The actions of governments and other authorities always have unintended consequences. Sometimes these are beneficial, but they can often be detrimental to the general good. This will be the case when an incentive is created that encourages unwanted actions.
Let’s look at three examples around current stories in Wales Online and in the South Wales Echo.
Prescriptions stay free…
The cost of free prescriptions in Wales has risen to almost £600m annually, an average of 22 items being dispensed for every person. This is the highest level of dispensing in the United Kingdom and there is a debate as to whether the policy is affordable.
Doctors’ leaders and politicians in favour of the policy say that the high level of dispensing in Wales is unrelated to them being free.
I rely on prescription medication to enjoy a good quality of life, maybe for life itself. So I’m very grateful not to pay for each item, unlike the £7-40 charge people in England pay. I’ve paid plenty of taxes during the 40 years I’ve worked, and I continue to do so, so I don’t feel guilty about it.
However, I have also changed my behaviour to get more items on prescription. When prescription charges here were at their highest, I would buy small items, like hay fever medication, over the counter because it was cheaper. Now they are free if I get them prescribed, so naturally that’s what I do. I doubt that I’m the only one. Unintended consequence #1.
….but Carrier Bags will cost …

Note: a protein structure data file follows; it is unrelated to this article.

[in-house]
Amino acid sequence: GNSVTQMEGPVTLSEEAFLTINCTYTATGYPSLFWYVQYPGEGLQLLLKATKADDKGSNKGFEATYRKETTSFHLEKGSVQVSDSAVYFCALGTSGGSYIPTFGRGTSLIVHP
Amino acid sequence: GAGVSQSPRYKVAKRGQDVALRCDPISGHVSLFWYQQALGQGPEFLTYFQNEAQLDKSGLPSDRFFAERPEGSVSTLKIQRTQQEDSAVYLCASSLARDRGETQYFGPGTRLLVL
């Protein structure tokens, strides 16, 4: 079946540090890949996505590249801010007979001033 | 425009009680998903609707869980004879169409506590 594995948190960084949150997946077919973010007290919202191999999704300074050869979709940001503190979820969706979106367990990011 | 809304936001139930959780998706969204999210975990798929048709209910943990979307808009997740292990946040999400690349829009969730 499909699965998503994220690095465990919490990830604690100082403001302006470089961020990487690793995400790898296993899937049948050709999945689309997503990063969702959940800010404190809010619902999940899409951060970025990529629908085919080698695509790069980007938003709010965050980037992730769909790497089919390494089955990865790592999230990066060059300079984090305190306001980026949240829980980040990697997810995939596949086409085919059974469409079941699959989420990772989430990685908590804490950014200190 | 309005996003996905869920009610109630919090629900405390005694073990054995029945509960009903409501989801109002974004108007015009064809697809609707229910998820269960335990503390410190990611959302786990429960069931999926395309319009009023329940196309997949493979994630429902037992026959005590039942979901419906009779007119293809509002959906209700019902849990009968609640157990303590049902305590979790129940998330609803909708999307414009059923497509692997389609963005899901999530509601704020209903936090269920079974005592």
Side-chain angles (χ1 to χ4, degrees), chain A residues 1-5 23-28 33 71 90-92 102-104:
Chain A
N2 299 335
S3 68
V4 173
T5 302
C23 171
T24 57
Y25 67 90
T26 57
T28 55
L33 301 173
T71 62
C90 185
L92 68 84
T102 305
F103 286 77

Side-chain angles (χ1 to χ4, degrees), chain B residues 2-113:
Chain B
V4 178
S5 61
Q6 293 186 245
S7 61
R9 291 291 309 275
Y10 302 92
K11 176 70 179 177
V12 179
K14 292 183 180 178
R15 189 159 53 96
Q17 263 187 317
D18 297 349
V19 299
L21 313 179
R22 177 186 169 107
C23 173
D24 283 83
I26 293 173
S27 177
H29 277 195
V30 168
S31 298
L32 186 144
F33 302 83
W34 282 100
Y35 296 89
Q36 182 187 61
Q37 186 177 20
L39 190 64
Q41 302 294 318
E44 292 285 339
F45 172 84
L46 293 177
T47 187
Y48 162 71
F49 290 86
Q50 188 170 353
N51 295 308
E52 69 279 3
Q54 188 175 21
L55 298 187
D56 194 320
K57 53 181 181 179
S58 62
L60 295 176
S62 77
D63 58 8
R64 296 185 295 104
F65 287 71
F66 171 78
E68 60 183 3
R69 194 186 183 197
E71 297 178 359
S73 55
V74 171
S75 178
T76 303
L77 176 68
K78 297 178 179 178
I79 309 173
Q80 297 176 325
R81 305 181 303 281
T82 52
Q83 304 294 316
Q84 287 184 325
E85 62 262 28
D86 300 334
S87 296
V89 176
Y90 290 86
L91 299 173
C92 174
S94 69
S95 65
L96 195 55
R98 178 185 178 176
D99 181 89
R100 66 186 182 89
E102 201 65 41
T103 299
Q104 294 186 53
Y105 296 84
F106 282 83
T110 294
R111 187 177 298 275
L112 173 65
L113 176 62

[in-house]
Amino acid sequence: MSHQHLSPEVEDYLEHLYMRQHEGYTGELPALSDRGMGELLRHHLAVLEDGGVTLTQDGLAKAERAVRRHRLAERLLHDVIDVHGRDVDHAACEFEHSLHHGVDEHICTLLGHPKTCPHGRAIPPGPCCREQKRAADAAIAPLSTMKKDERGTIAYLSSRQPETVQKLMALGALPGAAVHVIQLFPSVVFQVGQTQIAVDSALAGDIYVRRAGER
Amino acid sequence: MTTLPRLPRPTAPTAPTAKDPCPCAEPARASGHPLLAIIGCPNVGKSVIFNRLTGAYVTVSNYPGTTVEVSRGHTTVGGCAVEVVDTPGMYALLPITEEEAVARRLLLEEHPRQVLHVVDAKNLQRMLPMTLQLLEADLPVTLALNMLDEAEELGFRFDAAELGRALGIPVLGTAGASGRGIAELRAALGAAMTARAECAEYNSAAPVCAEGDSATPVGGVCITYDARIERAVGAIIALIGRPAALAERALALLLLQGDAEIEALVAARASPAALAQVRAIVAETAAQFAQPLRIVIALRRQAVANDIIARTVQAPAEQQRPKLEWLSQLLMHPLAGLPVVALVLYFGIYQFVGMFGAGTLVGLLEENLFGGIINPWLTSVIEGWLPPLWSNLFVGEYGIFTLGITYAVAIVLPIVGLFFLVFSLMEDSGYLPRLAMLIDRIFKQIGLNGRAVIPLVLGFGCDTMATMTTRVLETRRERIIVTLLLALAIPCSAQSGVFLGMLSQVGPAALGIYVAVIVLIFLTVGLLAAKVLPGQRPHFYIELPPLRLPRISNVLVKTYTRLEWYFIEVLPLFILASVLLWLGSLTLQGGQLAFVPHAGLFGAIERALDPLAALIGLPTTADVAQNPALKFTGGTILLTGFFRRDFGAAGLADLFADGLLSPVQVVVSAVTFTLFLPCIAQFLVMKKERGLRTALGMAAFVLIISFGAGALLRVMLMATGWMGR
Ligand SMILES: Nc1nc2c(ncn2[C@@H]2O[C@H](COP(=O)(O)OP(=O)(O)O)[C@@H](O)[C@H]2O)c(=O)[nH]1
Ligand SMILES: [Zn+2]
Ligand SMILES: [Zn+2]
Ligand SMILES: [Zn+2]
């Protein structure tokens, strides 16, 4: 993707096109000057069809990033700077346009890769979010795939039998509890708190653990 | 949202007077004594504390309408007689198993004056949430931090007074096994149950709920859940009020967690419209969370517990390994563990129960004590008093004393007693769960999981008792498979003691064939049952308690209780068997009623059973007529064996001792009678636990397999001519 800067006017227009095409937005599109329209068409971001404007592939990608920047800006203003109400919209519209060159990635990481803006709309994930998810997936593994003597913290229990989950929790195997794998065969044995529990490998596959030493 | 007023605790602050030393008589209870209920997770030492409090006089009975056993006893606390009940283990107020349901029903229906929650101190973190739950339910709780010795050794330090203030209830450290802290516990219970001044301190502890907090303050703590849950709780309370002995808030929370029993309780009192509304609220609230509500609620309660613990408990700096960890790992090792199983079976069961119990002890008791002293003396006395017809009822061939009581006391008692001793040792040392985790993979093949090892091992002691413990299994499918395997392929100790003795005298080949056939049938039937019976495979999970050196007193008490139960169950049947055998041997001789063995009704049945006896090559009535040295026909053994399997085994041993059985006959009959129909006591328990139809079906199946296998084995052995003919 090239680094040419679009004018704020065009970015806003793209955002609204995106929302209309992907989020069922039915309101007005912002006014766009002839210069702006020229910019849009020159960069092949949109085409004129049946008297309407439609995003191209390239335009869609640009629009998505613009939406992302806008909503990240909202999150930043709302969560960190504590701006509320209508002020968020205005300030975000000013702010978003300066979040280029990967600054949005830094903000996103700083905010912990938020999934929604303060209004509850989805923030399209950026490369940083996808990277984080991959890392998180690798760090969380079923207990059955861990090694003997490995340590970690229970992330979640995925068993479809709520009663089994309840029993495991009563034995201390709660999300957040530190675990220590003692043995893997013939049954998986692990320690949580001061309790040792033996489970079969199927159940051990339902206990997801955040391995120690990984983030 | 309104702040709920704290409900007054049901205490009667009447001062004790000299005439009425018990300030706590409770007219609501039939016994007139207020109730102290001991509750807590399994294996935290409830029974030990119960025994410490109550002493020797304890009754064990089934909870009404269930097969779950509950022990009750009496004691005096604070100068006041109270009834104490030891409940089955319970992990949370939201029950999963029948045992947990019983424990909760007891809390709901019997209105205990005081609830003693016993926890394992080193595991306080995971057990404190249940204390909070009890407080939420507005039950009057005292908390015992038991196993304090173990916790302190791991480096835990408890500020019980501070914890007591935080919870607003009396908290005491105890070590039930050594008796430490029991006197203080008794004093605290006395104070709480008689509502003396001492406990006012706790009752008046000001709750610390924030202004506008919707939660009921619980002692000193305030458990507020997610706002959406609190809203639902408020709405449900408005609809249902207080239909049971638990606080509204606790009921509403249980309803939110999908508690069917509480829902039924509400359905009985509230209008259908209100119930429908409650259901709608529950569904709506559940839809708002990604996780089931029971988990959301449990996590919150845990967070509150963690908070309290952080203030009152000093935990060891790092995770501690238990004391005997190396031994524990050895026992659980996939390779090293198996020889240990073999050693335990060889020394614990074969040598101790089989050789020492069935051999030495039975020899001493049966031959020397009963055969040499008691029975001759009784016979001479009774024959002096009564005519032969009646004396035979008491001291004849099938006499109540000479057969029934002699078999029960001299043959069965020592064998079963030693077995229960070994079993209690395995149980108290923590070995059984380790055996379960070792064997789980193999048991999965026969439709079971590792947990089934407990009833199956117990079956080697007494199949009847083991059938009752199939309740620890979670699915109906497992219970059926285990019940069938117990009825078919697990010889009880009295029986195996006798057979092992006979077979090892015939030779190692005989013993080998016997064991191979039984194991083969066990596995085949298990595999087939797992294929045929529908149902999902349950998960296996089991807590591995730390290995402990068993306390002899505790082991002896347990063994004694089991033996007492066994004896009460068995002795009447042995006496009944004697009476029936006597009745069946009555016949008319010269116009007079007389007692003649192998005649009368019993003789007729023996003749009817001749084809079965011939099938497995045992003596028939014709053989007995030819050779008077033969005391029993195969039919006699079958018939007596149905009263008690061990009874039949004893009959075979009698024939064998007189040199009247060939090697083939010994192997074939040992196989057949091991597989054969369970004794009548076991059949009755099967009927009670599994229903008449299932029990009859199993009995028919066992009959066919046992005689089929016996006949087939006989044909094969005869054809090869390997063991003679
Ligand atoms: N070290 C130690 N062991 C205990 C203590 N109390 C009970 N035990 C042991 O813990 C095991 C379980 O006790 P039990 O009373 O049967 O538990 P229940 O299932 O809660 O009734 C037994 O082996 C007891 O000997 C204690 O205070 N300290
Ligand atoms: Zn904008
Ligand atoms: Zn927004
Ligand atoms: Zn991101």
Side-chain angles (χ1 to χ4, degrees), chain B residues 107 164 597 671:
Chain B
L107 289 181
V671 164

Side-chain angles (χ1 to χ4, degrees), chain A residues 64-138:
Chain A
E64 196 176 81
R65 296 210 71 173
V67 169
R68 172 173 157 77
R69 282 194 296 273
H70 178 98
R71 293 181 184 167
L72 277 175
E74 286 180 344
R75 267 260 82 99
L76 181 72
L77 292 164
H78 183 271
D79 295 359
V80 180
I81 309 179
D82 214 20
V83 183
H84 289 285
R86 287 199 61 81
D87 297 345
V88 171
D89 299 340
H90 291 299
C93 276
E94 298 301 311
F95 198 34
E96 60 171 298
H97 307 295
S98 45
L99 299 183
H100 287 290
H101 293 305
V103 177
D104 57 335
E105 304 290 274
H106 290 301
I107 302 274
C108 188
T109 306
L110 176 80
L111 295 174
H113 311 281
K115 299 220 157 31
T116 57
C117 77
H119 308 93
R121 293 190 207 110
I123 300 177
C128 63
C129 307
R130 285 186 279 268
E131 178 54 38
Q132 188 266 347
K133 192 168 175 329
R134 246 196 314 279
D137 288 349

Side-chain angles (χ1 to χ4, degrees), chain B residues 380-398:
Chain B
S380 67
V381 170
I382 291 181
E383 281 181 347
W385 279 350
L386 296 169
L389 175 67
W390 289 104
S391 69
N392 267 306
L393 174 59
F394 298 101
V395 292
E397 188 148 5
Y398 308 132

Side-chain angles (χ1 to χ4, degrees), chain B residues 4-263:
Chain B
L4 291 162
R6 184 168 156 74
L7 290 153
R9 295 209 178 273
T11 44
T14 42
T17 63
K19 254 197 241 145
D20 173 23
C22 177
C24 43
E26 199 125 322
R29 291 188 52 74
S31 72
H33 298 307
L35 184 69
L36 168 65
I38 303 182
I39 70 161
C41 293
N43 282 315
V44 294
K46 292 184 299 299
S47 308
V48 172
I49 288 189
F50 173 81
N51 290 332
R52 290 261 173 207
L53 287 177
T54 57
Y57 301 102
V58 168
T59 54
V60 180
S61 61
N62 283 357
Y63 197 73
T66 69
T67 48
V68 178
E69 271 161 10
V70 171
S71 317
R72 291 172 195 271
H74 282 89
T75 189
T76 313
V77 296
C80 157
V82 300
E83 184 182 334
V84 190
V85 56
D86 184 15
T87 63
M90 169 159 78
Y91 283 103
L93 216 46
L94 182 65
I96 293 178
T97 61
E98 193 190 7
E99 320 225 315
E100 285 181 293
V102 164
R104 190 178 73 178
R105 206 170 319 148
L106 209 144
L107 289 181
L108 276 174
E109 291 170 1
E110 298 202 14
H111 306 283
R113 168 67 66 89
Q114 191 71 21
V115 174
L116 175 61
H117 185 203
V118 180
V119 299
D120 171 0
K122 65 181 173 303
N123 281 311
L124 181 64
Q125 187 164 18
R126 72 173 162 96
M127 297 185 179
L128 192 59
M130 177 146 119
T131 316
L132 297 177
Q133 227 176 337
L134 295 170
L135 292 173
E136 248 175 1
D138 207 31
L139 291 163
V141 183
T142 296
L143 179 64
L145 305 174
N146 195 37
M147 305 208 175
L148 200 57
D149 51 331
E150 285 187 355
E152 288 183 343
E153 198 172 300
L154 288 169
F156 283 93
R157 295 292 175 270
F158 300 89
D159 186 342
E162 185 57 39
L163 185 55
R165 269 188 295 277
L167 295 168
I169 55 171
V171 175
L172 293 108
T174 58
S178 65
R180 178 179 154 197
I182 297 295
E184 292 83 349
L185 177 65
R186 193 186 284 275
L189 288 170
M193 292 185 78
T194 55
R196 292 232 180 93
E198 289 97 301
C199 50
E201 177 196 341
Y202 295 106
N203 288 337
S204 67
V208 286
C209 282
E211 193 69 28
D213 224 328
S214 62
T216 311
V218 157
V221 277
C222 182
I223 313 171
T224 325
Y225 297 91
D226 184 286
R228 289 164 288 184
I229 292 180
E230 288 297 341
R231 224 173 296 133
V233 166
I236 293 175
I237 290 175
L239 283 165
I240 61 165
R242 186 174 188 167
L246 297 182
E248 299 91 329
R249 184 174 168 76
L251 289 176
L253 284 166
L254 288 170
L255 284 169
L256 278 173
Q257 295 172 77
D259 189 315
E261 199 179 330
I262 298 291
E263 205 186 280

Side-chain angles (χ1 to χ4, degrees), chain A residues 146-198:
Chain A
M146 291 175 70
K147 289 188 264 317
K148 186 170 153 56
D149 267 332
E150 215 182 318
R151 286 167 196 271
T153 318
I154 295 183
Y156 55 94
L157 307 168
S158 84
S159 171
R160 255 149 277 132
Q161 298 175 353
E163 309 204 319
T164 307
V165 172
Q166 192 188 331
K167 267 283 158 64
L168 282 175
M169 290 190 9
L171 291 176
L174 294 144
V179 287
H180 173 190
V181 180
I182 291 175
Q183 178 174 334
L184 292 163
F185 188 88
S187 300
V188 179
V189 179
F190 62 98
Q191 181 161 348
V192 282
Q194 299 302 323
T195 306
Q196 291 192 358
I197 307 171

I was on a personal crusade to reuse carrier bags many years before anyone else that I knew, and long before ‘bags for life’. I had to argue with shop assistants who tried to give me a “nice ,new clean one”. Now you get incentives to reuse – and quite rightly so.
From October 1st, we’ll all have to pay at least 5p for every new bag we get with our shopping. I don’t know about you, but I’m making sure I get a bag every time I buy something this month. The meter reader will just have to fight his way through the under-stairs cupboard where I’m stocking them up for the future. Unintended consequence #2.
… and Cardiff Bus gets less convenient
I’ve only just got my bus pass and the service I can use to get to work has being re-routed. Because our local 60/62 service in Fairwater has been cut to an hourly service and doesn’t intersect with a service to the Bay, taking the bus to and from work already takes up to an hour and usually involves two walks of around 10 minutes in each direction. Good for my health perhaps, but no fun on a wet and cold day.
Now the No. 6 (‘Baycar’) service is being rerouted and will no longer pass the large Adventures Quay residential complex and Caspian Point offices, where I and hundreds of others work. The nearest stop will be at the Millennium Centre. Cardiff Bus claims that this is 300m away. I’ve checked on the map and I make it over 400m. Cardiff Bus offer us the alternative of the no. 8 service, which is less frequent, doesn’t serve the back
of the central station and is scheduled to take 20 minutes to reach Pierhead Street via Grangetown compared to 9 minutes for the no. 6 route.
The consequence will be that my travelling time will increase by about 15 minutes a day, meaning travelling by public transport will take at least an hour and a half extra out of my day compared to using my car. I value my time, so I am not persuaded to leave the car at home on a regular basis, whether the bus is free for me or not.
At least the free prescriptions and the carrier bag charges are well intentioned. With Cardiff Bus, it’s hard to know. I don’t believe that they consulted the residents or the businesses affected by this change, and they haven’t answered my recent emails. But let’s give them the benefit of the doubt and assume that they do want people to travel with them and leave their cars at home. In which case, we can say that forcing me to drive is unintended consequence #3.